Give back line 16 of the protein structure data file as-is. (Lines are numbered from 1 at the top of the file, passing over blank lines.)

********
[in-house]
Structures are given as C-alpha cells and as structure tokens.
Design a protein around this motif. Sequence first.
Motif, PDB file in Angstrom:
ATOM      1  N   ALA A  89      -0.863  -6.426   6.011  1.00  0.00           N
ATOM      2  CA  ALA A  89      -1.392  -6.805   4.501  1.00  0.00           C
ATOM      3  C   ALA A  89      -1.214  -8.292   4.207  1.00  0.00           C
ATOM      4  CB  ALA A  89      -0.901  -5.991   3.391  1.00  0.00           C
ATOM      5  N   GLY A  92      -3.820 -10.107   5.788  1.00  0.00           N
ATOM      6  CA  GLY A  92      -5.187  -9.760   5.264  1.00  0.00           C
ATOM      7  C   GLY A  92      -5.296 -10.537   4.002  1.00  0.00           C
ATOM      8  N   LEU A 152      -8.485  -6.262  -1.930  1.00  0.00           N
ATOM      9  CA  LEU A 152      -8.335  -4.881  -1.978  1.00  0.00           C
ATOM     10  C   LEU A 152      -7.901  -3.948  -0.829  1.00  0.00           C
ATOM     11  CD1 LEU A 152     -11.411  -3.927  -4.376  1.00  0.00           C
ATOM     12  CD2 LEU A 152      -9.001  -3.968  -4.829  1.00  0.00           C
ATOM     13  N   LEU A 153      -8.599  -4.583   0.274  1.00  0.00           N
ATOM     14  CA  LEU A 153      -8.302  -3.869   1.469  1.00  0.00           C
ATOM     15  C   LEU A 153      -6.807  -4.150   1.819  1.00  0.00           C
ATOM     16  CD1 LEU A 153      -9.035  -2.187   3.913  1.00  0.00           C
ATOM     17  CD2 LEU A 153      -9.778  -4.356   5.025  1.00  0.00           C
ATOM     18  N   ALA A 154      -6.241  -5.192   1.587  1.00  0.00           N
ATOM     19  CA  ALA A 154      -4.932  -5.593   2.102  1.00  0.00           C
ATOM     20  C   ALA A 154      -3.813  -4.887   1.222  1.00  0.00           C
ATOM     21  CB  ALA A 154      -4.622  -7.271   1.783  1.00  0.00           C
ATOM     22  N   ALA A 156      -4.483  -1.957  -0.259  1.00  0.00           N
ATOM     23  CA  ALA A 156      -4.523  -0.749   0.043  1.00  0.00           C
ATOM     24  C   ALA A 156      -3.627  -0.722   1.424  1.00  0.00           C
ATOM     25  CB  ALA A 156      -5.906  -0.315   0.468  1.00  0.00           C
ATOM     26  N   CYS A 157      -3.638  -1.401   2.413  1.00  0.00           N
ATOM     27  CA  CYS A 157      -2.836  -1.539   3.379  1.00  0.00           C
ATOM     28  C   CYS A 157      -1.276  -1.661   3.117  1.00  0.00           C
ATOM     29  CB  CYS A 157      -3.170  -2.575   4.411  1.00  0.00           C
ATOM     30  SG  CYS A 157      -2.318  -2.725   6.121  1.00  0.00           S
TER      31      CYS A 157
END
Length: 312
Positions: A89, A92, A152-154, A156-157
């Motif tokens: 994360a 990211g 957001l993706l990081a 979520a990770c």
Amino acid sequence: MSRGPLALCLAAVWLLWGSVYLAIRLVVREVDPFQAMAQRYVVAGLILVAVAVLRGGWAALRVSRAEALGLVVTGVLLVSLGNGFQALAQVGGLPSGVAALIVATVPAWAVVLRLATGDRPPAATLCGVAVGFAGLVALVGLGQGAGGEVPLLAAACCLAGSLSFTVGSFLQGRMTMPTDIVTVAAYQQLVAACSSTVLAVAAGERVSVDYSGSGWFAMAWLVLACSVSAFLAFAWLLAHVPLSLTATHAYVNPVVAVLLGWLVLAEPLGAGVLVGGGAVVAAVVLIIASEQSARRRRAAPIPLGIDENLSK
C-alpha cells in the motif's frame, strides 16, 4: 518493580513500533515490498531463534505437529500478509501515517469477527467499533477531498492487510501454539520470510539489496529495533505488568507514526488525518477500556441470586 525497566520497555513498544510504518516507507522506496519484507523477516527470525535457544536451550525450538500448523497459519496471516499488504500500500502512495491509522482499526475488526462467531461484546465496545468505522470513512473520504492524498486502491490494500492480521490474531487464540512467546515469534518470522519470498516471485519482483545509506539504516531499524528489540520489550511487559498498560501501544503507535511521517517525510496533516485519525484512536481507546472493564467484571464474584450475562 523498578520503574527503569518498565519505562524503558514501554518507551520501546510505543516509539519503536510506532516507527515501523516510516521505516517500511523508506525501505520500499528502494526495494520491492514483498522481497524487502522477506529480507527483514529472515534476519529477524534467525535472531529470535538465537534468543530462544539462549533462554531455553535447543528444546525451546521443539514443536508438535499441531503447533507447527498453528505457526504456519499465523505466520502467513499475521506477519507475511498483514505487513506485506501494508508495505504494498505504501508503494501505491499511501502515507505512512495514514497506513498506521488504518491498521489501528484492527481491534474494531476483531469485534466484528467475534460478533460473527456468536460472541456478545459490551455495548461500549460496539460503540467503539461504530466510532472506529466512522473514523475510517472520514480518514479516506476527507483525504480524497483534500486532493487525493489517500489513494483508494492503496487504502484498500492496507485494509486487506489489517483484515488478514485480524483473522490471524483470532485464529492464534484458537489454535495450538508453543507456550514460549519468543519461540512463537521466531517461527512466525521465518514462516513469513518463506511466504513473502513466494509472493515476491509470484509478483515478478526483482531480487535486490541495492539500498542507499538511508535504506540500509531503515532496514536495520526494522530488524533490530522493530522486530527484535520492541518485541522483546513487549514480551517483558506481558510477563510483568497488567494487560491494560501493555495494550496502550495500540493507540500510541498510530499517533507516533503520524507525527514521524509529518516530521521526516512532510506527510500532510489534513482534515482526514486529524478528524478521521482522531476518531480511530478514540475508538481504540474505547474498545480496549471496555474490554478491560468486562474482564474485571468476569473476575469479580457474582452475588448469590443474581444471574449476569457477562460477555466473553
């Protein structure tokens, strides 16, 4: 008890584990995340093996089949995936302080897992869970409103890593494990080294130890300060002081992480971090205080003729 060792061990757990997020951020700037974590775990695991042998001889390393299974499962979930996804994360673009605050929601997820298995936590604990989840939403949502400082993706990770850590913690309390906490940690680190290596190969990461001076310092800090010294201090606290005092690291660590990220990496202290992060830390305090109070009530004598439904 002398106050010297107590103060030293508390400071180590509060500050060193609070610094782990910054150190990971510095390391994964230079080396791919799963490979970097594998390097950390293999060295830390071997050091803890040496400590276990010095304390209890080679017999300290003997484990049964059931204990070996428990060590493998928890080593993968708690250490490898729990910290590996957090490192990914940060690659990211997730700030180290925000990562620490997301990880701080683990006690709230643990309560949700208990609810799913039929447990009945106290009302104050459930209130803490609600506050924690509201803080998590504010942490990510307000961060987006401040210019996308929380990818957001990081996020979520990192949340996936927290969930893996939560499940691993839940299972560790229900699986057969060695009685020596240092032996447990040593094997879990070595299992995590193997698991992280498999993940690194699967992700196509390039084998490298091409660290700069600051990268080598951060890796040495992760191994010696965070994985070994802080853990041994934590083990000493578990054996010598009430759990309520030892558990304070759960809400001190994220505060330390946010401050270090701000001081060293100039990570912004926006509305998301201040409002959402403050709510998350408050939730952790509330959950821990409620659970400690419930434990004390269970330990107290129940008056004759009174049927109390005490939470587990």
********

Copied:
ATOM     12  CD2 LEU A 152      -9.001  -3.968  -4.829  1.00  0.00           C